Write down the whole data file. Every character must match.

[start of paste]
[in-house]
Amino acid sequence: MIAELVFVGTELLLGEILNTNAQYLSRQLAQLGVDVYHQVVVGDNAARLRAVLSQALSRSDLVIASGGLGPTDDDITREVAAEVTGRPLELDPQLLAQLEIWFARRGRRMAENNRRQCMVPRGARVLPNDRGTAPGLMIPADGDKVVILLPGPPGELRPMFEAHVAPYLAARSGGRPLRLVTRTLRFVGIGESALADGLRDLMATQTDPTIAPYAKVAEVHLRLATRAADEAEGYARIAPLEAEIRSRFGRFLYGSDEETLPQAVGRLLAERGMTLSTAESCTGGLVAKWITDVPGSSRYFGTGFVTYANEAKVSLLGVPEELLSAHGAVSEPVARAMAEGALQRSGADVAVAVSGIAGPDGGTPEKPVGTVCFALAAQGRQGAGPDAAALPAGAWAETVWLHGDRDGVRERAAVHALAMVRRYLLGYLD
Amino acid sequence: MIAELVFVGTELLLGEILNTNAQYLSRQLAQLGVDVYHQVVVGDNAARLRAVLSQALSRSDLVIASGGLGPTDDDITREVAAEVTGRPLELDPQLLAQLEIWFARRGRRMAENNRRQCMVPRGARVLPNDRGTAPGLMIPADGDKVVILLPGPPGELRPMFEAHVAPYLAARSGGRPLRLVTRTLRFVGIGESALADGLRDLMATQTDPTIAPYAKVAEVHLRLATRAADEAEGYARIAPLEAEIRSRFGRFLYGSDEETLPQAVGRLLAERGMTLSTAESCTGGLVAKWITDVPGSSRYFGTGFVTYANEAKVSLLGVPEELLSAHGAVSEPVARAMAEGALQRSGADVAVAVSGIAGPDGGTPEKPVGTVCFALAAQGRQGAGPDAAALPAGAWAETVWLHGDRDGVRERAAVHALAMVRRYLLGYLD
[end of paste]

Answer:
[in-house]
Amino acid sequence: MIAELVFVGTELLLGEILNTNAQYLSRQLAQLGVDVYHQVVVGDNAARLRAVLSQALSRSDLVIASGGLGPTDDDITREVAAEVTGRPLELDPQLLAQLEIWFARRGRRMAENNRRQCMVPRGARVLPNDRGTAPGLMIPADGDKVVILLPGPPGELRPMFEAHVAPYLAARSGGRPLRLVTRTLRFVGIGESALADGLRDLMATQTDPTIAPYAKVAEVHLRLATRAADEAEGYARIAPLEAEIRSRFGRFLYGSDEETLPQAVGRLLAERGMTLSTAESCTGGLVAKWITDVPGSSRYFGTGFVTYANEAKVSLLGVPEELLSAHGAVSEPVARAMAEGALQRSGADVAVAVSGIAGPDGGTPEKPVGTVCFALAAQGRQGAGPDAAALPAGAWAETVWLHGDRDGVRERAAVHALAMVRRYLLGYLD
Amino acid sequence: MIAELVFVGTELLLGEILNTNAQYLSRQLAQLGVDVYHQVVVGDNAARLRAVLSQALSRSDLVIASGGLGPTDDDITREVAAEVTGRPLELDPQLLAQLEIWFARRGRRMAENNRRQCMVPRGARVLPNDRGTAPGLMIPADGDKVVILLPGPPGELRPMFEAHVAPYLAARSGGRPLRLVTRTLRFVGIGESALADGLRDLMATQTDPTIAPYAKVAEVHLRLATRAADEAEGYARIAPLEAEIRSRFGRFLYGSDEETLPQAVGRLLAERGMTLSTAESCTGGLVAKWITDVPGSSRYFGTGFVTYANEAKVSLLGVPEELLSAHGAVSEPVARAMAEGALQRSGADVAVAVSGIAGPDGGTPEKPVGTVCFALAAQGRQGAGPDAAALPAGAWAETVWLHGDRDGVRERAAVHALAMVRRYLLGYLD